It happens in Palm Beach County more than once a day on average — a kid needing rescue from a locked vehicle. Sometimes those vehicles are scorching hot and it's too late for emergency crews to save them, authorities say.
A close call involving a 4-year-old boy this summer in Boca Raton prompted the Palm Beach County State Attorney's Office to convene a grand jury investigation of a safety concern: transportation of children is unregulated on the local and state level when it involves businesses or programs other than licensed child care centers.
On Thursday, the grand jury issued a presentment that offers recommendations aimed at correcting this problem and providing oversight, as the number of trapped children incidents are reportedly growing each year.
"Clearly there is a need to ensure the safety and accountability of every child transported by a business or program offering services to children," the presentment states.
According to the report, a boy attending a summer program at Velocity was left alone in a 15-passenger van for about two hours after returning from a field trip to an area museum with 12 other kids. The boy, "T.G.," was discovered after his mother arrived to pick him up from the school and he wasn't with his group.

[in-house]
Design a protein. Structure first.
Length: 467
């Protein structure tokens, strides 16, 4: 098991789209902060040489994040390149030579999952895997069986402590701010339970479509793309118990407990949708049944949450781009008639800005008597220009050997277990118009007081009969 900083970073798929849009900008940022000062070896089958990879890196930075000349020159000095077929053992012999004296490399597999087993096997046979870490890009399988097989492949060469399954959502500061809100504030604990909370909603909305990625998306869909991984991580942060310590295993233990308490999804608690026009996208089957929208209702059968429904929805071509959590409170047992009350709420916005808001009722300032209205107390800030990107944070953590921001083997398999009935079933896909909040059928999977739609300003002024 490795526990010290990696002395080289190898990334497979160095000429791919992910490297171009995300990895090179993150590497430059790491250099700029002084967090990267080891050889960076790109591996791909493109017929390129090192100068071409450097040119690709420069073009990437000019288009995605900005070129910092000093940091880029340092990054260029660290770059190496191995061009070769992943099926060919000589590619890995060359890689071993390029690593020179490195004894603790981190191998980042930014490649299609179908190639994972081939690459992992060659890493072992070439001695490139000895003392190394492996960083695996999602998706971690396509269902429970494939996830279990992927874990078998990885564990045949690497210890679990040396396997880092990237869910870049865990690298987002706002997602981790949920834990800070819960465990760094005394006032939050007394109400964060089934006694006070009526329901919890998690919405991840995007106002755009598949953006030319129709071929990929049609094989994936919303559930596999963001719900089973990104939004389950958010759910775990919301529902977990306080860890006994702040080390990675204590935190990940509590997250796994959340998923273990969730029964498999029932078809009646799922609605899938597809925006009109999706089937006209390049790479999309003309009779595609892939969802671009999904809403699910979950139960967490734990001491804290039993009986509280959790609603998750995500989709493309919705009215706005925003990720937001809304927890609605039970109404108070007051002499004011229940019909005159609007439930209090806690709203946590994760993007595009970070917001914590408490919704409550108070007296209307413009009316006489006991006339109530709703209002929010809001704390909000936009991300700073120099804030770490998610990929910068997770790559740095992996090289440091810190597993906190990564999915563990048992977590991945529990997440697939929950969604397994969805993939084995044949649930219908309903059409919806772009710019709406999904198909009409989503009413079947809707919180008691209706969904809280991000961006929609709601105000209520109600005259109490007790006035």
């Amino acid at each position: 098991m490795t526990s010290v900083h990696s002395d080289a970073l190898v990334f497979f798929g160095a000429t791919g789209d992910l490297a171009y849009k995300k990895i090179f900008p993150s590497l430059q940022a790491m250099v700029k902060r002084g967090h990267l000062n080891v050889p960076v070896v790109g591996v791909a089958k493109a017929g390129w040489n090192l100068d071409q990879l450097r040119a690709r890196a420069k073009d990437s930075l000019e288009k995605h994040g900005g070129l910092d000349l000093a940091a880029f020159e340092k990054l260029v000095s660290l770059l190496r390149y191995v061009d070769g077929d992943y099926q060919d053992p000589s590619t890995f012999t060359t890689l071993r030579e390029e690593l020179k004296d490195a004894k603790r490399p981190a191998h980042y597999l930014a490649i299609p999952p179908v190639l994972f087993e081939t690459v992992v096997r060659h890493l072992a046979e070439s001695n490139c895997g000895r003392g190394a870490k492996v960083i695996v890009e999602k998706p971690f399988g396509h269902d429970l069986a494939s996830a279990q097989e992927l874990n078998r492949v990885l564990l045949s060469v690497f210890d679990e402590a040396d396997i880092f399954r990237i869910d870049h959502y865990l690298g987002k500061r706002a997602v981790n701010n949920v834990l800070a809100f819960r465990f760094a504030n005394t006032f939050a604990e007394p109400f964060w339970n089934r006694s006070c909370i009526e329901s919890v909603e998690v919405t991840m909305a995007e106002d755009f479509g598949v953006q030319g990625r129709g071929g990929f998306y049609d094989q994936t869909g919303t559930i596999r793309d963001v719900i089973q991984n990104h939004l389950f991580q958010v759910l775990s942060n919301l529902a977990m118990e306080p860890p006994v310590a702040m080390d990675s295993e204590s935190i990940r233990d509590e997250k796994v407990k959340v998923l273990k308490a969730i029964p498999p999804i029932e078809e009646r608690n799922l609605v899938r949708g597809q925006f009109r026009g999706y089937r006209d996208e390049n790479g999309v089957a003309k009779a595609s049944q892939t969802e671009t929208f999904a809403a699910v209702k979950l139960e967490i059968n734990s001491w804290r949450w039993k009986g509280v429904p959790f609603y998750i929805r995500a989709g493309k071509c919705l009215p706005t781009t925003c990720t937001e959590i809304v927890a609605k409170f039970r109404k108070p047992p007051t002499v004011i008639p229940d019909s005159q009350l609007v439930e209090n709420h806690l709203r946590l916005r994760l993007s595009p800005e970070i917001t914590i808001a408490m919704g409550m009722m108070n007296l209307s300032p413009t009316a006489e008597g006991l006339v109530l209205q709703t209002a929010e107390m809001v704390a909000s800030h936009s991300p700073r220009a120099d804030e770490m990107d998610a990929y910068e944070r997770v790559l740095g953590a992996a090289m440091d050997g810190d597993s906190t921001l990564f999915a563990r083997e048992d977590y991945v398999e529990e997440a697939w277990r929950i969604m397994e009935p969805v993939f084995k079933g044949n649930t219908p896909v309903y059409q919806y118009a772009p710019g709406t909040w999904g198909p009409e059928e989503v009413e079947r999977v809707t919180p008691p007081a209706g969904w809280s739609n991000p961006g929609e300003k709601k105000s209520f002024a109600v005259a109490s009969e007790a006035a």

"When T.G. was found the windows were closed and the engine and air conditioning were off," the presentment states. The boy was taken to the hospital but had no permanent injuries and was released after a few hours.
No criminal charges will be filed in the case, said Assistant State Attorney Greg Kridos. The report notes there is a pending violation against Velocity for operating as an unlicensed child care facility because of "T.G.'s" age.
The grand jury concluded that the case "illustrates the vulnerability of children transported by businesses operating in Palm Beach County that are not required to adhere to the rules for transporting children that, presently, only child care facilities must adhere to."
In Palm Beach County , licensed child care facilities are expected to follow standards established by both the state Department of Children and Family Services and Palm Beach County government. These include "common sense regulations" and detailed procedures for accounting for children in vehicles, along with sanctions for violators.
The grand jury recommends that the Legislature, the Department of Children and Families and Palm Beach County begin treating all businesses and programs that transport children with the same rules and enforcement procedures as imposed upon child care facilities.
"The recommendations … are intended to protect children from the needless exposure to injury or death," the report concludes.
The report cites that Palm Beach County Fire Rescue last year responded 450 times to incidents of children locked in vehicles, up from 427 cases in 2010.